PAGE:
Insulin Carbohydrate Ratio


  • ICR can be transferred from your pump

  • Adjust your ICR by performing a test meal experiment or observing autotune.

ICR refers to the amount of carbohydrates one unit of insulin is able to neutralize.

Example: Bill has a 1:10 ICR (aka an ICR of 10). If Bill has 20 carbs with lunch, he will need 2 U of rapid inslin to neutralize it.

ICR is not changed as drastically as basal rates or ISF unless Dynamic CR is enabled. As always, your ICR must be as accurate as possible for proper iAPS function.


It is safe to transfer your ICR from your pump settings. Your settings may not be accurate if you are experencing high peaks with meals, or if you have lows three hours thereafter. If you have SMB/UAM on and are experencing sharp drops, you additionally may need to optimize your ISF.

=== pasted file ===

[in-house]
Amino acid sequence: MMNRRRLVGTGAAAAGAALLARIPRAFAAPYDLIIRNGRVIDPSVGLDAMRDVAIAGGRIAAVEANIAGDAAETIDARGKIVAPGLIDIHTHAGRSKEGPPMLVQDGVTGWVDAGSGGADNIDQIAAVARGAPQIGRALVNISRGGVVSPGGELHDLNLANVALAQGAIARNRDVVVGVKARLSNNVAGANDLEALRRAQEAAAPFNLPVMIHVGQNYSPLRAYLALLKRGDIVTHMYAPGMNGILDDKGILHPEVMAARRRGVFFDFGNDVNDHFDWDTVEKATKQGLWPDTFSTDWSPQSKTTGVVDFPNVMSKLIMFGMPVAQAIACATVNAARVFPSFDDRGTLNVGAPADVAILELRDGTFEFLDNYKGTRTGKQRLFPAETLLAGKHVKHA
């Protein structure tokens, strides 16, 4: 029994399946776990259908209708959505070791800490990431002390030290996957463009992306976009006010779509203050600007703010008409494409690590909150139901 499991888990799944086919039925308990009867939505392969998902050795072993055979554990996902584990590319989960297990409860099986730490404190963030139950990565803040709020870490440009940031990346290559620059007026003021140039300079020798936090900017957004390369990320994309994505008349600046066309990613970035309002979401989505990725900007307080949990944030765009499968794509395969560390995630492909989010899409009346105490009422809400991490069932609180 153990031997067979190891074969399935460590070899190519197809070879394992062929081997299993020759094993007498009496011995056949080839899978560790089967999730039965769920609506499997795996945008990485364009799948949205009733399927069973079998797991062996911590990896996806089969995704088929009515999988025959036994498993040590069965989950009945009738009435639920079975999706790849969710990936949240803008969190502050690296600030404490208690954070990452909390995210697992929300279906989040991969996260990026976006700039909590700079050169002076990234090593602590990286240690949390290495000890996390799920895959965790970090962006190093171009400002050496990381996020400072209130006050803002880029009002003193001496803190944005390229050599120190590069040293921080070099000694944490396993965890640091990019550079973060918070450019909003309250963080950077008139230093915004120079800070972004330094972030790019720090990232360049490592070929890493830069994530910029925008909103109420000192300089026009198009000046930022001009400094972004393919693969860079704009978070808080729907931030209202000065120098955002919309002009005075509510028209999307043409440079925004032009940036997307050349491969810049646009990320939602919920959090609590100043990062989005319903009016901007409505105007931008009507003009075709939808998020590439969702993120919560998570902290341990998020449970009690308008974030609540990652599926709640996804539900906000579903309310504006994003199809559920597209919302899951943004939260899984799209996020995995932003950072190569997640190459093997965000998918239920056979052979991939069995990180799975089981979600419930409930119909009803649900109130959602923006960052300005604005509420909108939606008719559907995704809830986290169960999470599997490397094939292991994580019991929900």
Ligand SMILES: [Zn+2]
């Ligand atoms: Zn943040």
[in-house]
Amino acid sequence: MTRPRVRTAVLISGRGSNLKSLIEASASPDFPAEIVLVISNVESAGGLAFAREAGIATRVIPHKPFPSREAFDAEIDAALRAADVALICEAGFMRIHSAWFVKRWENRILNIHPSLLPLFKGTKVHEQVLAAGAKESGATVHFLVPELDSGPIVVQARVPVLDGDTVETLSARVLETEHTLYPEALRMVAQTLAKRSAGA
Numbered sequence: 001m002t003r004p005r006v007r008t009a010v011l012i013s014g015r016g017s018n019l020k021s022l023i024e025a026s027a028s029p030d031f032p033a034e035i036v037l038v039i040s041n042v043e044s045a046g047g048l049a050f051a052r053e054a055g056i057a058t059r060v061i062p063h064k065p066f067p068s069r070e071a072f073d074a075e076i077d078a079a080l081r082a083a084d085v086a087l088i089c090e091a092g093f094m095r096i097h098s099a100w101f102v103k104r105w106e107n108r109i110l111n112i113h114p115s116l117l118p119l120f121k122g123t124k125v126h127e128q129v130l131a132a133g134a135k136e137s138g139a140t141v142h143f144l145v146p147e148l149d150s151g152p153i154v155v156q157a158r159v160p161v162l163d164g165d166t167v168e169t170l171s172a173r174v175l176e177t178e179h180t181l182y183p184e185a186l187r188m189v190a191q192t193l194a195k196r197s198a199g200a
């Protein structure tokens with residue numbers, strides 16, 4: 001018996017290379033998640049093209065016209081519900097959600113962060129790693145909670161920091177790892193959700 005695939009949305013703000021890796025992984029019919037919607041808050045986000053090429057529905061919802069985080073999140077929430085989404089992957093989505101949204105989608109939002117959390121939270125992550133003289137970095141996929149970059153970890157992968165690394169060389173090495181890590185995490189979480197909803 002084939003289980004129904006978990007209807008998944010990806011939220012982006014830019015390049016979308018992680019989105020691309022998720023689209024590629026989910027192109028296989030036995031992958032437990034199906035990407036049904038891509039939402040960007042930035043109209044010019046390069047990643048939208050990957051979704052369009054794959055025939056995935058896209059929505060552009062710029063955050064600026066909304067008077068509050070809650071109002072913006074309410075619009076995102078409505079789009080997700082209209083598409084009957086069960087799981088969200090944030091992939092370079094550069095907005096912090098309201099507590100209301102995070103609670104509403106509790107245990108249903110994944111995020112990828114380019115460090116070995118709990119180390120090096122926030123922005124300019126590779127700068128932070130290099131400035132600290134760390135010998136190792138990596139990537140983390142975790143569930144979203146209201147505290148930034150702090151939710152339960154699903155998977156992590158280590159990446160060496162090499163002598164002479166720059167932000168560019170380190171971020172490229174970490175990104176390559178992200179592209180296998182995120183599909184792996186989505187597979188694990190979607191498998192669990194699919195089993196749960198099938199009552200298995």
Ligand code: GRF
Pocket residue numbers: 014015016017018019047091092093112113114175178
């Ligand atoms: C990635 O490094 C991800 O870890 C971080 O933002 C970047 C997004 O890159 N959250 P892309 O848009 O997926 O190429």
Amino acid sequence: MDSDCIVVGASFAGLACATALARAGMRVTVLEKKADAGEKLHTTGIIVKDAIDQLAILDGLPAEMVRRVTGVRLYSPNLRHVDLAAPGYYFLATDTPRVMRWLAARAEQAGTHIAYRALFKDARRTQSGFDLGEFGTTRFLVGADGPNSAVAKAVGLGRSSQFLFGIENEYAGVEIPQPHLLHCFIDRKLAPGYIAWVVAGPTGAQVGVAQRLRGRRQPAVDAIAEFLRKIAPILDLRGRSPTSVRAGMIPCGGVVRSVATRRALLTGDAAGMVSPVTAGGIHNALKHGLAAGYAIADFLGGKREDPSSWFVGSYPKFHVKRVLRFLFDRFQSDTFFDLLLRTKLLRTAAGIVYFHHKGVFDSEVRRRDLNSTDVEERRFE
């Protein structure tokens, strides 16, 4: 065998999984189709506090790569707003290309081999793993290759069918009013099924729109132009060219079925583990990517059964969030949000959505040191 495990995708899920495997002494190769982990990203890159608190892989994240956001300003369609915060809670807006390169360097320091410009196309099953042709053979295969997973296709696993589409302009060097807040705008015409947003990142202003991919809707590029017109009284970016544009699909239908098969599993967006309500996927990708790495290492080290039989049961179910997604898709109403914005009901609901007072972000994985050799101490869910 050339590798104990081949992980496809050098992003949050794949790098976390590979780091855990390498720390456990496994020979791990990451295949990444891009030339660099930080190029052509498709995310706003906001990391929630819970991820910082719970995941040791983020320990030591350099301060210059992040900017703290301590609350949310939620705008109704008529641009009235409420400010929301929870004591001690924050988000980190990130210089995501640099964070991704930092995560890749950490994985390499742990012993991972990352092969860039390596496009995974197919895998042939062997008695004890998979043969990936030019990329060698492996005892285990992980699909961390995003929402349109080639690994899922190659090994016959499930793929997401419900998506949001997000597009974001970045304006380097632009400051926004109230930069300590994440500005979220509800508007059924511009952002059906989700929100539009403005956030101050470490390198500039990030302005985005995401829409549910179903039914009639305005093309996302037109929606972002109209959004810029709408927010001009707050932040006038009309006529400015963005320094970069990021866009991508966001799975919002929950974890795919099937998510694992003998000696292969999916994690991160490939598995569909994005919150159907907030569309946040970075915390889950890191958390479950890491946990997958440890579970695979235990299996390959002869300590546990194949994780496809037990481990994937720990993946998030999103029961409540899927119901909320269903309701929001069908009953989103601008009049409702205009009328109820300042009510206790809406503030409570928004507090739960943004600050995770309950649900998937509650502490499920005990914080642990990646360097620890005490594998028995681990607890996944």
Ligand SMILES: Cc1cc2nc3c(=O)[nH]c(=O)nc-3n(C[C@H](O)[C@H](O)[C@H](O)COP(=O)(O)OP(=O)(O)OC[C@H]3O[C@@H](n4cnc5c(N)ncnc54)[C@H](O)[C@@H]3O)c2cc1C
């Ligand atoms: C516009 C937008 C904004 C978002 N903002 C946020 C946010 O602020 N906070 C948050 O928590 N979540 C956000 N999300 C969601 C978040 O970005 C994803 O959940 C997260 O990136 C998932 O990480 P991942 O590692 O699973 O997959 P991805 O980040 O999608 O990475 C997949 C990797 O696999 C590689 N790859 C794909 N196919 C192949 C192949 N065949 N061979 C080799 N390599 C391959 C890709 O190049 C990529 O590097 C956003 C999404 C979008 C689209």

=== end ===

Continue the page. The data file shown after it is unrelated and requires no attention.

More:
There are two suggested methods of optimizing your ICR. The standard way is a test meal experiment and can be done while not looping. Have meal with a known amount of carbohydrates and bolus according to your current ICR. Monitor your blood sugar at the three hour mark; did you go high, low, or end up where you started prior to the meal? If you ended up high, you can make your ICR more aggresive by 10%. If you were low, drop it by 20%. You may also look to increasing or decreasing your adjustment factor respectively, if you have dynamic CR on.

If you have autotune enabled, you can monitor the general trend in ICR adjustment. When the autotune value stabilizes, you can go ahead and change your scheduled value to the autotune value, allowing the system to continue making changes if it were being limited by a safety limiter.